Anderson, who crossed the U.S.-Canadaian border on Saturday, said the Iraqi insurgency enjoys wide support and the United States had no role in what he called the country's civil war.
As the situation in Iraq worsened, U.S. soldiers were forced to adapt, Anderson said.
"It's just like in Vietnam. The more American soldiers die, the more drastic our procedures get just to stay alive," he said.
And you can see Darrell Anderson flashing the peace sign in a photo by Charles Bertram that runs with Jim Warren's "Anderson returns to Fort Knox." In his latest article, Warren also notes a negative reaction:
But he got a much different reaction afterward from Les Powers, 83, a retired Army sergeant major who lives in Radcliff. Powers, a World War II veteran, indicated that he came to the community center specifically to confront Anderson.
"They should have shot you!" Powers yelled as Anderson left for the fort. Anderson didn't reply, but gave Powers the two-fingered peace sign as he was driven away.
"He's a deserter; he's a coward," Powers declared, contending that the Army should court-martial Anderson and give him a dishonorable discharge.
Those who 'remember' Vietnam as something other than revisionary films are probably well aware that this isn't uncommon. But the myth/lie of spitting took root when the reality of that period is reflected above. Jerry Lembcke addresses the reality from the Vietnam era and the myth/lie of the spitting in David Zieger's Sir! No Sir! (Lembcke has addressed this topic elsewhere as well but Sir! No Sir! is a documentary we need to get the word out on). But those who did experience the period, as opposed to those who 'learned' about it from a trash-flick by Stallone or some other gutter dwelling, those who actually can remember what happened as it happened, this was the reaction. It happened then, it happens now. We're seeing it with Ehren Watada as well -- example: the aged man on the West coast who's decided his life only has meaning if he can attack Ehren Watada.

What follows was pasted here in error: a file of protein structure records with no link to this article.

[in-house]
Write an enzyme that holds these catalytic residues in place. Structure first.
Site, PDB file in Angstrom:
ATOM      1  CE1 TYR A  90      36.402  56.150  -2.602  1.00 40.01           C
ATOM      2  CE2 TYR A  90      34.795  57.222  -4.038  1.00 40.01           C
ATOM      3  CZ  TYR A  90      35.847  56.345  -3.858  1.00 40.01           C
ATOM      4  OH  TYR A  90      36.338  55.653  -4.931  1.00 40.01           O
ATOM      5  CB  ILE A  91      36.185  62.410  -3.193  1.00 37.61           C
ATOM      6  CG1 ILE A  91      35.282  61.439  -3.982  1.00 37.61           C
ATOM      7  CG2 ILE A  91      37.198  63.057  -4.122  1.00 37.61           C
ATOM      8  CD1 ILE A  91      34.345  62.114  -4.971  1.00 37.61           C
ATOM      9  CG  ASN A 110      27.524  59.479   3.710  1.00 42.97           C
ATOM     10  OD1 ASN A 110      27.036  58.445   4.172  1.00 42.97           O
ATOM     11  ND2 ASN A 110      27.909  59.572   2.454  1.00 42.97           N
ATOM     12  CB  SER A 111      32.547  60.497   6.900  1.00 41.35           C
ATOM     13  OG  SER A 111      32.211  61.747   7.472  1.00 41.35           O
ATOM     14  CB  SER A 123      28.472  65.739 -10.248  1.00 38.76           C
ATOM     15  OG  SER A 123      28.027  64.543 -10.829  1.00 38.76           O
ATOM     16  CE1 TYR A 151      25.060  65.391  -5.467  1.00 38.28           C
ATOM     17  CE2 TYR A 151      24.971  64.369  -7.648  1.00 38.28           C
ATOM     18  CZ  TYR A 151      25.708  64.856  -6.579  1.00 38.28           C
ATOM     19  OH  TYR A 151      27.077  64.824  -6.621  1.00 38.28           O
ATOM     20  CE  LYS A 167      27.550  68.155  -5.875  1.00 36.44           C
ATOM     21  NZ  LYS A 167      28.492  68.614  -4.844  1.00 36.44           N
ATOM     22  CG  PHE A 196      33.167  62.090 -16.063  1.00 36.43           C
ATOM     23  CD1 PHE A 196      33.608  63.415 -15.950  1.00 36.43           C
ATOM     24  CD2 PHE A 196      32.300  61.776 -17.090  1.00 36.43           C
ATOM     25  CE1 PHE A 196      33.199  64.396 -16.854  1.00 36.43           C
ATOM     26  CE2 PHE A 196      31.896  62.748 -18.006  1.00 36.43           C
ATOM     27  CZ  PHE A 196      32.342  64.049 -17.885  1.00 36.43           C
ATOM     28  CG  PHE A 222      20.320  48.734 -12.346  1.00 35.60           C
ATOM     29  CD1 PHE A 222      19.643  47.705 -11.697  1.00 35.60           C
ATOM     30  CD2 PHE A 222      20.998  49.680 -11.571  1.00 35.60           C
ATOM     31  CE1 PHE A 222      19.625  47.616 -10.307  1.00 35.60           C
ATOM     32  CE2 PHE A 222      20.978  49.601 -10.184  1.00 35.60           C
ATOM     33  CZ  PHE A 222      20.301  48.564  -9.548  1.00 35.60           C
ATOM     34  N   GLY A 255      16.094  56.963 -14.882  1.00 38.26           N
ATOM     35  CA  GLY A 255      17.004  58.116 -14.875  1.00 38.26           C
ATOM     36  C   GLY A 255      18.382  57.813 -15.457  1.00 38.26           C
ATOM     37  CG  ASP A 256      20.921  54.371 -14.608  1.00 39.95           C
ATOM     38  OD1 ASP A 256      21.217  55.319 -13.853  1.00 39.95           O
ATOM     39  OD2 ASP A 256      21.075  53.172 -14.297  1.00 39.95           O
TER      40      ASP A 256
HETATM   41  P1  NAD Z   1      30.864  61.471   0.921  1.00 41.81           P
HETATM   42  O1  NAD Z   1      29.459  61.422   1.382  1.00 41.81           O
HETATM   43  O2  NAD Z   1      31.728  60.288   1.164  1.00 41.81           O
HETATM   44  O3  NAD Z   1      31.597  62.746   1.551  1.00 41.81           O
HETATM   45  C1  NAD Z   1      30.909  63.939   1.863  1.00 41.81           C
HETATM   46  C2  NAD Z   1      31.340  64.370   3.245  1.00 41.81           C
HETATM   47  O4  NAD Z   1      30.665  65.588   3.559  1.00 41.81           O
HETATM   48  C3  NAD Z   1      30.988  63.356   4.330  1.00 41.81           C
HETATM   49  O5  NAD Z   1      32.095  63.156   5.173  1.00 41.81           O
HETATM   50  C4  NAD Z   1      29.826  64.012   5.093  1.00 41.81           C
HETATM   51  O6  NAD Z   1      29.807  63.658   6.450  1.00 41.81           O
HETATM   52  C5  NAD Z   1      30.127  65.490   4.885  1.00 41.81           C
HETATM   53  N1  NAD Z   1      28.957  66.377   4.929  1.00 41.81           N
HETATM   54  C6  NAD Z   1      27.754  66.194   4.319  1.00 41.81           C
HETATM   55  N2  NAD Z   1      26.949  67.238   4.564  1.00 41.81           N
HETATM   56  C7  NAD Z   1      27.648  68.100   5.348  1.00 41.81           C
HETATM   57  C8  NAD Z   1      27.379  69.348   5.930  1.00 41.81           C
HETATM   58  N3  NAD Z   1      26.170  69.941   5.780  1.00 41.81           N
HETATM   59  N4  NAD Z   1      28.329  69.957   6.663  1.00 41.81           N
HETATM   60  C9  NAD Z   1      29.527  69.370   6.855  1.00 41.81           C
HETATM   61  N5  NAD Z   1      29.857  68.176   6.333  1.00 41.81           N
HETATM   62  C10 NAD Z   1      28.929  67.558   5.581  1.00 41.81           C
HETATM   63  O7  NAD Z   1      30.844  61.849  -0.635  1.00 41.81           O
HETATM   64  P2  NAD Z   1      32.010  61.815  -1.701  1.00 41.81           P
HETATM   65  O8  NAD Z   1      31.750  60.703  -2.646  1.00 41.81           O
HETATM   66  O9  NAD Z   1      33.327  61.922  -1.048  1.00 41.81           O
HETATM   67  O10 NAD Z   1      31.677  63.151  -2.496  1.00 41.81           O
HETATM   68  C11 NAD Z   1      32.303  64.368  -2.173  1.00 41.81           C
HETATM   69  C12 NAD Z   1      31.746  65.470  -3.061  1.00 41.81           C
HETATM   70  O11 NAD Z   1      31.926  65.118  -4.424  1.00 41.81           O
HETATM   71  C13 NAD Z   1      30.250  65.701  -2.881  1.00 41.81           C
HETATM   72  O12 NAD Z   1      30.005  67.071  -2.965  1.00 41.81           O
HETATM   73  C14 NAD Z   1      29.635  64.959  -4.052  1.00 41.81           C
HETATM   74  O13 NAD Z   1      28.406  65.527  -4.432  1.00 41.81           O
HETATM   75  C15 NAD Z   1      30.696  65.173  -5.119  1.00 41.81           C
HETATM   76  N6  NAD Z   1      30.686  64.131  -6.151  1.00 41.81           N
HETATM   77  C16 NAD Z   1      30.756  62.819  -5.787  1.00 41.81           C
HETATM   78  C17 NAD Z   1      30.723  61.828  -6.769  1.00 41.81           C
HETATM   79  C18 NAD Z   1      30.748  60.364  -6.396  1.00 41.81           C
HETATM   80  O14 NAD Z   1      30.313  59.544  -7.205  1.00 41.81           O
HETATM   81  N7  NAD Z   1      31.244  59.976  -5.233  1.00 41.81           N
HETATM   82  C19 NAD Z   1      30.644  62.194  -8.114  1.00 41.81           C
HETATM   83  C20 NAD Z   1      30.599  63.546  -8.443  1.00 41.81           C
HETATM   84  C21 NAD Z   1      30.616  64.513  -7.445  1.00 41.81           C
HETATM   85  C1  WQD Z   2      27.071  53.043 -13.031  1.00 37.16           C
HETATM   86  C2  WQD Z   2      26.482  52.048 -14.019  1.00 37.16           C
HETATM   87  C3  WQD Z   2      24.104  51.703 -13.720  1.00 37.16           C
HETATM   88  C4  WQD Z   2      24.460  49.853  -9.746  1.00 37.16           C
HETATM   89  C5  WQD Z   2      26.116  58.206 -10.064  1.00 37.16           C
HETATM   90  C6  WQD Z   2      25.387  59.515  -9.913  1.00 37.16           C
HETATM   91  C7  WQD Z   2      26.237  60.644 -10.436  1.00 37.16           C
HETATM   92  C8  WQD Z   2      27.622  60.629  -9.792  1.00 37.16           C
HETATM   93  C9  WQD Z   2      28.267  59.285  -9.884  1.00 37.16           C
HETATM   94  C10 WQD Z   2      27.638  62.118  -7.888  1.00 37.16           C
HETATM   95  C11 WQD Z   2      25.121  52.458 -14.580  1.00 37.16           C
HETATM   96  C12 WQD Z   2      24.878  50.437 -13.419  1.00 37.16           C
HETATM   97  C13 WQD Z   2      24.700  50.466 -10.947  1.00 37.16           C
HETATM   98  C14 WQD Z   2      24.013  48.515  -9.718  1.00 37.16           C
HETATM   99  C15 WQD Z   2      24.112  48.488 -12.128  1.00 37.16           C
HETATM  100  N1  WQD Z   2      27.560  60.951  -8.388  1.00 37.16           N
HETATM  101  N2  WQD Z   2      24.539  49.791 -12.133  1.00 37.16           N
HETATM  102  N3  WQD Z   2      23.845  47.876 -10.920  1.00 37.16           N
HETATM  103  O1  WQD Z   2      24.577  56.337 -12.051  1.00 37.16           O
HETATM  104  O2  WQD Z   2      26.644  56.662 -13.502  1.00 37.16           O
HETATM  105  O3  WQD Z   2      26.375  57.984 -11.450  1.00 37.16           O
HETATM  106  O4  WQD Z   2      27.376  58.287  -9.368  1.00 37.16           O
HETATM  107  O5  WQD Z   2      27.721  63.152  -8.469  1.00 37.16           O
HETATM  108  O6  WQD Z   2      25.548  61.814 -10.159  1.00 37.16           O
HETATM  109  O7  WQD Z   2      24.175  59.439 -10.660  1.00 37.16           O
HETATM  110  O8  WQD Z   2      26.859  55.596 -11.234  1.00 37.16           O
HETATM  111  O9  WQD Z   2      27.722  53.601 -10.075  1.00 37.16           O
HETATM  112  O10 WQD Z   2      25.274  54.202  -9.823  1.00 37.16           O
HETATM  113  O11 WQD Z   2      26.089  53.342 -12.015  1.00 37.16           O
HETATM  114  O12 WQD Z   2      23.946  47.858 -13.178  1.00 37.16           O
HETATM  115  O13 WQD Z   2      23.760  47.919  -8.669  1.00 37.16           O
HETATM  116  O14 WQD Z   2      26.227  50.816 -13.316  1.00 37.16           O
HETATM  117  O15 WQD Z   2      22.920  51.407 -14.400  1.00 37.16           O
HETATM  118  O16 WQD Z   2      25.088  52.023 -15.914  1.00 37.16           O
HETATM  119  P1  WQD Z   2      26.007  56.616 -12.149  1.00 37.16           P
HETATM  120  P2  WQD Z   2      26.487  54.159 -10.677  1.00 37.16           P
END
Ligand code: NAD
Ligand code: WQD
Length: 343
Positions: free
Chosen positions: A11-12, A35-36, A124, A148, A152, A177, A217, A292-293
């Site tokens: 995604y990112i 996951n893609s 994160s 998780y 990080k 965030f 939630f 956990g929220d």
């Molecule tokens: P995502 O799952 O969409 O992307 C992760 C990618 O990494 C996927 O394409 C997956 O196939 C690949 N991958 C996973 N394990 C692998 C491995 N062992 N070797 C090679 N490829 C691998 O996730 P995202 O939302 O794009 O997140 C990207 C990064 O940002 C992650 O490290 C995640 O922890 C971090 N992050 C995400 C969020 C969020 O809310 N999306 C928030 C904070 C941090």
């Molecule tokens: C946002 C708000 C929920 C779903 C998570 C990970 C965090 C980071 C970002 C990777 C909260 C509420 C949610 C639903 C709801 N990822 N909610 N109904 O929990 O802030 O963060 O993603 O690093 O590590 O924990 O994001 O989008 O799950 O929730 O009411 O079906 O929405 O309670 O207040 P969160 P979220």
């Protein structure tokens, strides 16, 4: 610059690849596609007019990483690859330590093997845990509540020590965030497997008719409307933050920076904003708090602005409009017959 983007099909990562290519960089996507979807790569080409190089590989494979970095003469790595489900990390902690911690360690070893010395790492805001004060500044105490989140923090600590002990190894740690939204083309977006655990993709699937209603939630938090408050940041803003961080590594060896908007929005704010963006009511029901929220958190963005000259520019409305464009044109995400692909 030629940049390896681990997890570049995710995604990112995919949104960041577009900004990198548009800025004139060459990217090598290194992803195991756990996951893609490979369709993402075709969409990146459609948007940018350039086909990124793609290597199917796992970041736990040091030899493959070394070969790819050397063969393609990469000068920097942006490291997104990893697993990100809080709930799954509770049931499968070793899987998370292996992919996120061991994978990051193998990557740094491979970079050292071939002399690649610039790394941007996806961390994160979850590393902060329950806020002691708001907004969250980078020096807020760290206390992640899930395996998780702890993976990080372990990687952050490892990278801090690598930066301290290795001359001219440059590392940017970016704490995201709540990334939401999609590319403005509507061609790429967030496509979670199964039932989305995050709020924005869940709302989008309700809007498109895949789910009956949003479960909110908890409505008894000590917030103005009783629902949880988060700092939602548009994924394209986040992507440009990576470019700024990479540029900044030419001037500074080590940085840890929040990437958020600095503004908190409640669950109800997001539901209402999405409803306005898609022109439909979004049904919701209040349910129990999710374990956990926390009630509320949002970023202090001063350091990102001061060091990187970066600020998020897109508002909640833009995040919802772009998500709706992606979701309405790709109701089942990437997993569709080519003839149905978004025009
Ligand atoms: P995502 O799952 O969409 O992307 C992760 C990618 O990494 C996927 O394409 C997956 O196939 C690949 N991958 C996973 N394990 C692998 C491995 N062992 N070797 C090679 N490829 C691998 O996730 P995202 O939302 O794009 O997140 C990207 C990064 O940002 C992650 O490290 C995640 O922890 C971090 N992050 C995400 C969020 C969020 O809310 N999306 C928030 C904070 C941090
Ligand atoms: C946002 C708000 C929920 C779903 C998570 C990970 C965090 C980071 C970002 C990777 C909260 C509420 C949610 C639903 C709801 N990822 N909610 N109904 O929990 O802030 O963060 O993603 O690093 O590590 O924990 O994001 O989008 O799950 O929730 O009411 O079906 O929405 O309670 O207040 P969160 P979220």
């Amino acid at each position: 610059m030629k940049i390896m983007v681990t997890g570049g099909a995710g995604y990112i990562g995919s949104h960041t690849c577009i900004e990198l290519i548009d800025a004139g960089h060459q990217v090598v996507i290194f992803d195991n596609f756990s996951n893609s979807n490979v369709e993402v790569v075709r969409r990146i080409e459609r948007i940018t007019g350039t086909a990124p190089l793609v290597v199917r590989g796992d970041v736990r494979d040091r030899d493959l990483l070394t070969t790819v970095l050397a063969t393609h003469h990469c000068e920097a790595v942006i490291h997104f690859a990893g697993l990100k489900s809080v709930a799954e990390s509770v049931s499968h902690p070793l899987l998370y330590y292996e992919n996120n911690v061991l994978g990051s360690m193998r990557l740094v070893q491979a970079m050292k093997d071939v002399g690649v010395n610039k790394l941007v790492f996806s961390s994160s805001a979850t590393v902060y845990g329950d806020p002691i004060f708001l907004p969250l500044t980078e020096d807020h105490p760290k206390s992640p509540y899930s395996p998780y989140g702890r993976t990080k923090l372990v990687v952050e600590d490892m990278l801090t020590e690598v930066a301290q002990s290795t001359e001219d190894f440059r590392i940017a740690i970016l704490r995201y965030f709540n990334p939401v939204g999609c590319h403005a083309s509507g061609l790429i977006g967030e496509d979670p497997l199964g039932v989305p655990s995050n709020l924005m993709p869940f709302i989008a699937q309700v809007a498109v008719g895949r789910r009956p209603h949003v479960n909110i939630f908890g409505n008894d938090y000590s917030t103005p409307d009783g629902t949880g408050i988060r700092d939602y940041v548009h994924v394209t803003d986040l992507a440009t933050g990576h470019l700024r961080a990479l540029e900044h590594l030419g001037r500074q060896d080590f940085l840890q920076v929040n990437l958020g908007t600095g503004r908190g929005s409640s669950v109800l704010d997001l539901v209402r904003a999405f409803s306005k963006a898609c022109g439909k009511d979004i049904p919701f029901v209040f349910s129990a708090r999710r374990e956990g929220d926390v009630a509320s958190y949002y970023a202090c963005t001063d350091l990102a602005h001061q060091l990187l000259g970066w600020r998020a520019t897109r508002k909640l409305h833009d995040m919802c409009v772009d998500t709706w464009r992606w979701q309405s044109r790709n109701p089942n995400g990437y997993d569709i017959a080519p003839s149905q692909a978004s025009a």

The reality then is the reality now. Back in May, some fretted, some on the left, at blogs, about how if the massacres being revealed were called massacres and crimes it would be just like 'the spitting the left did in the sixties'. There is not and there never has been proof of any returning soldier being spat on by the left during Vietnam. But Power's screech? That happened all the time. The right wing showed up with red paint at rallies, marches and demonstrations. No, they weren't wanting to help out with sign painting, they were there to throw it. That's the reality. The people attacking individual soldiers it's the right-wing and Watada and Anderson are only two examples of ones being attacked.
That's reality. Here's a bit more for the fretting dupes of spring, when someone, anyone, rapes an underage girl, gang rapes, murders her and three members of her family -- Abeer matters a great deal more than whatever you promised the video image of your mythical Stallone back in your lonely, pimply, pre-teen years of lapping up revisionary crap and convincing yourself that, via a couple of really bad movies, you suddenly knew the whole 'Nam period.
More information about Anderson, Watada and other war resisters can be found at Courage to Resist. The e-mail address for this site is firstname.lastname@example.org.